It has been a historic year for the Australian LGBTQIA community. The passing of the Marriage Equality bill has been celebrated by Australians and people all around the globe. For gay and lesbian Australians, the law has finally caught up and reflects current social values.
The same can be said for the Australian transgender community. In a landmark decision, Re Kelvin, the Family Court is no longer required to authorise hormone treatment for teenagers with Gender Dysphoria. The decision to undergo medical treatment and hormone therapy now lies with the child seeking treatment, their parents, and the child’s medical team. This removes previous the requirement of Court approval.
What is Gender Dysphoria?
An individual whose gender identity differs from the gender they were assigned at birth experiences gender diversity (also known as transgender). Gender Dysphoria, or gender identity disorder, describes the emotional distress felt by an individual whose sense of being male or female differs from the gender they were assigned at birth. It involves a conflict between a person’s physical or assigned gender and the gender which he, she, or they, identify. In diagnosing Gender Dysphoria in children, there must be some form of emotional distress present for at least six months.
About 1.2 percent of Australian school children (about 45,000 children) are thought to identify as transgender.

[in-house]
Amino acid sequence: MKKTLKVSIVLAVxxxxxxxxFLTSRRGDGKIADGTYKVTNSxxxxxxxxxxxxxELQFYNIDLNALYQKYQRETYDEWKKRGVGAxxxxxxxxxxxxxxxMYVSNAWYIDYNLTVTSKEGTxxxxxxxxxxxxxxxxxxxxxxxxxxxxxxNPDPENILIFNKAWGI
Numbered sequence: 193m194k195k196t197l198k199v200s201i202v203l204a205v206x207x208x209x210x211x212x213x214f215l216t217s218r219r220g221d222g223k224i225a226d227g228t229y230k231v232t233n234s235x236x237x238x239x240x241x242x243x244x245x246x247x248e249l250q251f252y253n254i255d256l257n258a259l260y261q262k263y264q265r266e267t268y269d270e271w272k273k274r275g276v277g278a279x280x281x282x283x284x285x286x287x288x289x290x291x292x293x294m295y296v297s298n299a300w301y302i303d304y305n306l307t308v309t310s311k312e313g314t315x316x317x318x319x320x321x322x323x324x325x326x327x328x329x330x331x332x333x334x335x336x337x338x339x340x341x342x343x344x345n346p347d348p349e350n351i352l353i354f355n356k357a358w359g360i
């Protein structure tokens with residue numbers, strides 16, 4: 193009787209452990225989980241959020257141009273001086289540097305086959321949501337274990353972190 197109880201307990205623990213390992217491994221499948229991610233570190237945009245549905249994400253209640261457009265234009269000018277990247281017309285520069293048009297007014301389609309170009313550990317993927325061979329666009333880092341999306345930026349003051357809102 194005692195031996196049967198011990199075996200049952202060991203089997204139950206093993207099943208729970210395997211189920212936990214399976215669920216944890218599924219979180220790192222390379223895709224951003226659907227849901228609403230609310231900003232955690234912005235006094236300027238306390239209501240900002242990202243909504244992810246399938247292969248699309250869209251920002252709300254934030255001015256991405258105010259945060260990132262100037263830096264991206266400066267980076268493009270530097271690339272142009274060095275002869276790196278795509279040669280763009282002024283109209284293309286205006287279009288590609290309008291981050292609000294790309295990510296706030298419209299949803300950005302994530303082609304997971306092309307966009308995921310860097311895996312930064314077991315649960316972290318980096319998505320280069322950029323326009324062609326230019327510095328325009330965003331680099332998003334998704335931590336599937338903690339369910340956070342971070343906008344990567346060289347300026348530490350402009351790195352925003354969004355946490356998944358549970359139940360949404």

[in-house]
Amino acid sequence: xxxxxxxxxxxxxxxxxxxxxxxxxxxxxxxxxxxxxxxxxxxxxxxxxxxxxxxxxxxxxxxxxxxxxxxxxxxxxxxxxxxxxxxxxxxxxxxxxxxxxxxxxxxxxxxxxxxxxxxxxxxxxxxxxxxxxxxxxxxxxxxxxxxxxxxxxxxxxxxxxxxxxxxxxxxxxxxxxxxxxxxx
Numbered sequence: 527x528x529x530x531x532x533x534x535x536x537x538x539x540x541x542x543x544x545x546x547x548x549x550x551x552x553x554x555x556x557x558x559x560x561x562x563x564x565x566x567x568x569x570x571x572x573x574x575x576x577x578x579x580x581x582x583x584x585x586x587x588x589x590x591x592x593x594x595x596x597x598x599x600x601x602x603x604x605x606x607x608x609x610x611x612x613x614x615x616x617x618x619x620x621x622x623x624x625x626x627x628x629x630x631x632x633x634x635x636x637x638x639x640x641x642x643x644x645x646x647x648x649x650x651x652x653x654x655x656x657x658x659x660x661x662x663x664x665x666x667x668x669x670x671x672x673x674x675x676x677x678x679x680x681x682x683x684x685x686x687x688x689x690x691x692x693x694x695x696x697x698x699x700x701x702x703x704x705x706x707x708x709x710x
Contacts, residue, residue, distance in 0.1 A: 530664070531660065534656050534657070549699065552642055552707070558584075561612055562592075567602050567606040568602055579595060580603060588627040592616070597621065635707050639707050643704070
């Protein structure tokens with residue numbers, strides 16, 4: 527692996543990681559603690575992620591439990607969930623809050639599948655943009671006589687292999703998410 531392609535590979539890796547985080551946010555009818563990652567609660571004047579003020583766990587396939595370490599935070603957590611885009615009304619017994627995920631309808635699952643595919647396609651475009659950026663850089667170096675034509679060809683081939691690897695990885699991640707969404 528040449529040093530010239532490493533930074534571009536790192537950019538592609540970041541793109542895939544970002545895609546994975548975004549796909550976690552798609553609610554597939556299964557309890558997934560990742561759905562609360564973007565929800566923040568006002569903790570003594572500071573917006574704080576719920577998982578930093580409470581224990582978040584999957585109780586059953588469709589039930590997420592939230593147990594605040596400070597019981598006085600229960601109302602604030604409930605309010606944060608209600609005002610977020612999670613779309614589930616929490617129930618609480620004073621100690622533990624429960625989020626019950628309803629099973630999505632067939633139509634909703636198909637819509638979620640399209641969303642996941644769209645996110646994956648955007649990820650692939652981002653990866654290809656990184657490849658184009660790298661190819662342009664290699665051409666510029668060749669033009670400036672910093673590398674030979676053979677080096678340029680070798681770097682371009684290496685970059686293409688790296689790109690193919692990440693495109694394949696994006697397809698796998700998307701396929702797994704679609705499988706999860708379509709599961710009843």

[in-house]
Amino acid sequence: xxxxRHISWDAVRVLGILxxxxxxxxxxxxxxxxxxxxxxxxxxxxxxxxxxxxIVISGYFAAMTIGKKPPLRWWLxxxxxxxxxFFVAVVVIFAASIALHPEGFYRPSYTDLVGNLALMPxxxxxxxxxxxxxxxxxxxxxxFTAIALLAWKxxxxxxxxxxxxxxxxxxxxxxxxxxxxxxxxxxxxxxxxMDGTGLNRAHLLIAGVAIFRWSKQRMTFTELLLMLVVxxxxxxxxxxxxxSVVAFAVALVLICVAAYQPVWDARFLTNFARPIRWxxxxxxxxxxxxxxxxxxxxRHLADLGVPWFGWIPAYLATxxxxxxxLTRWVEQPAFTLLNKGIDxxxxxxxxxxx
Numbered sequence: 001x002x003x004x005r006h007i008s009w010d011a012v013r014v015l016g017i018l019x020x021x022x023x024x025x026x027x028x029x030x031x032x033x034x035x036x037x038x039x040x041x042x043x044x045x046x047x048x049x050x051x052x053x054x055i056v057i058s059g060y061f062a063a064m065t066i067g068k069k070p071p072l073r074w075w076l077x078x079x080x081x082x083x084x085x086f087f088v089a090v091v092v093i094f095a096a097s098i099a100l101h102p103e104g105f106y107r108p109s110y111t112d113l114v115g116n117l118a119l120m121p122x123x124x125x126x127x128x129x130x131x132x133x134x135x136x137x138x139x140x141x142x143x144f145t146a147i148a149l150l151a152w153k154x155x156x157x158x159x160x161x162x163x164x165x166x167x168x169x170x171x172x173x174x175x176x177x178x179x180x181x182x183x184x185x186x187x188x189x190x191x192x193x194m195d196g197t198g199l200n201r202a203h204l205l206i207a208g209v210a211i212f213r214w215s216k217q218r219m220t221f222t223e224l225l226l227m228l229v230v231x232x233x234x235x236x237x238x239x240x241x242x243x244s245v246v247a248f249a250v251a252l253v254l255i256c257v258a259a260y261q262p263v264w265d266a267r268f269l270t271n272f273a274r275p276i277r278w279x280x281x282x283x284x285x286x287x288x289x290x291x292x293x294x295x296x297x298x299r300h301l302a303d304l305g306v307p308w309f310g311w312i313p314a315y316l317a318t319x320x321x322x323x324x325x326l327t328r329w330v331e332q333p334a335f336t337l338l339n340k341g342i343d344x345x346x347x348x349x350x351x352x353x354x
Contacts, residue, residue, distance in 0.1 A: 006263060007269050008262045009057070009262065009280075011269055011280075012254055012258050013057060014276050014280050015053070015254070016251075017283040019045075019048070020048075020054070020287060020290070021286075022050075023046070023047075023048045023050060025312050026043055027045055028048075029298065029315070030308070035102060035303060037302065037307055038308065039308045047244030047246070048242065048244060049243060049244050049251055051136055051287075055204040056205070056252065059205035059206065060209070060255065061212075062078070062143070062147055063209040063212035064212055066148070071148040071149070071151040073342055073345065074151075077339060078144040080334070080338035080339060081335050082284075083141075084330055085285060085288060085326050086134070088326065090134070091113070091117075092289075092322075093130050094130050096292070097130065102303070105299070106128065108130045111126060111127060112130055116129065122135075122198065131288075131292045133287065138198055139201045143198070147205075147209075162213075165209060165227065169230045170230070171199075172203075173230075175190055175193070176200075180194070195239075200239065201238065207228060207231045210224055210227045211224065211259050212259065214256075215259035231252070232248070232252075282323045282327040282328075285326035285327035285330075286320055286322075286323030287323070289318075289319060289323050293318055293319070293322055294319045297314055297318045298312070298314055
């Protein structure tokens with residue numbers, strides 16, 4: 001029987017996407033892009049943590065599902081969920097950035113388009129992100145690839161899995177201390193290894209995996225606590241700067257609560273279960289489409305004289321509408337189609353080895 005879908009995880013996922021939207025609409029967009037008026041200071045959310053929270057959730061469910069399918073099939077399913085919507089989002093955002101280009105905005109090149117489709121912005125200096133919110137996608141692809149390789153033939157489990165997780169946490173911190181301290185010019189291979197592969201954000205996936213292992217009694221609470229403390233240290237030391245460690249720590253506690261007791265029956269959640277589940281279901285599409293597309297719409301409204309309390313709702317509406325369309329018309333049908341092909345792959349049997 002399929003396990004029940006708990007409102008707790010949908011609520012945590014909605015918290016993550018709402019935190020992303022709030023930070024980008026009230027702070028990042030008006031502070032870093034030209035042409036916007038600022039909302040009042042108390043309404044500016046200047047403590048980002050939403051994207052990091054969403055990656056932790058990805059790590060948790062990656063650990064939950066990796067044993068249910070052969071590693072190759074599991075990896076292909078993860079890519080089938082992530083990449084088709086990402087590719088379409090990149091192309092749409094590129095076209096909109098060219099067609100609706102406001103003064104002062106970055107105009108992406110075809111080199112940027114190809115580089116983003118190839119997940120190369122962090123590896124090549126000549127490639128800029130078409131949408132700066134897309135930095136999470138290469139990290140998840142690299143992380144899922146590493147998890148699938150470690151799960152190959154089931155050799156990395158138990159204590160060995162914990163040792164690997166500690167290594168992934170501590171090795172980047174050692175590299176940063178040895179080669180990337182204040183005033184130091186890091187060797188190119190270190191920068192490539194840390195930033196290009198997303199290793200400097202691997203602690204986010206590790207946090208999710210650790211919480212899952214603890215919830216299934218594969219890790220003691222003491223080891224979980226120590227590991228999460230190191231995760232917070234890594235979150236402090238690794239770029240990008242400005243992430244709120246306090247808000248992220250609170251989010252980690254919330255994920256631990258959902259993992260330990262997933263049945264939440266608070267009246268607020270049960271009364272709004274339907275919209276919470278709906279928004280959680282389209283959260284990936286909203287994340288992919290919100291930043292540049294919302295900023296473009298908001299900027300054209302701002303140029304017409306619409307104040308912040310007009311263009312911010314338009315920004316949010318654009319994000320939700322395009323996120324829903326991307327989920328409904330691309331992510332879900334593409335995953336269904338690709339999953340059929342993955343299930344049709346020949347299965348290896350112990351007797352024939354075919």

Treatment for Gender Dysphoria can take many forms and is always tailored to the individual and their family. In some instances, people with Gender Dysphoria may choose to medically transition with sex-change surgery and/or hormone treatment.
Hormone treatment is a two-stage process.
Stage one delays puberty through the use of hormone blockers by temporarily suppressing the more obvious changes to an individual’s body in early puberty. Stage one is reversible and therefore does not require the Court’s approval.
Stage two treatment is the process of administering hormones (either estrogen or testosterone) to change the body to be more consistent with the adolescent’s affirmed gender; this results in permanent consequences and cannot be reversed.
Hormone treatment in Australia
For transgender teenagers in Australia, surgery is not legally permitted for individuals under 18 years of age. Undergoing hormone treatment as an adolescent previously required the Court’s approval.
The Family Law Act 1975 (Cth) confers power on the Family Court of Australia to determine applications concerning the administration of Stage two medical treatment for teenagers with Gender Dysphoria.
Stage two hormone treatment was previously classified as a “Special Medical Procedure” which goes beyond parental authority and that requires a determination by the Court.
Re Jamie is the longstanding Family Court authority that deals with hormone treatment. In this case, the Court held that Stage two hormone treatment requires the Court’s authorisation unless the child is “Gillick competent.” A child who is “Gillick-competent” is sufficiently mature to understand the proposed medical procedure and can, therefore, provide their informed consent.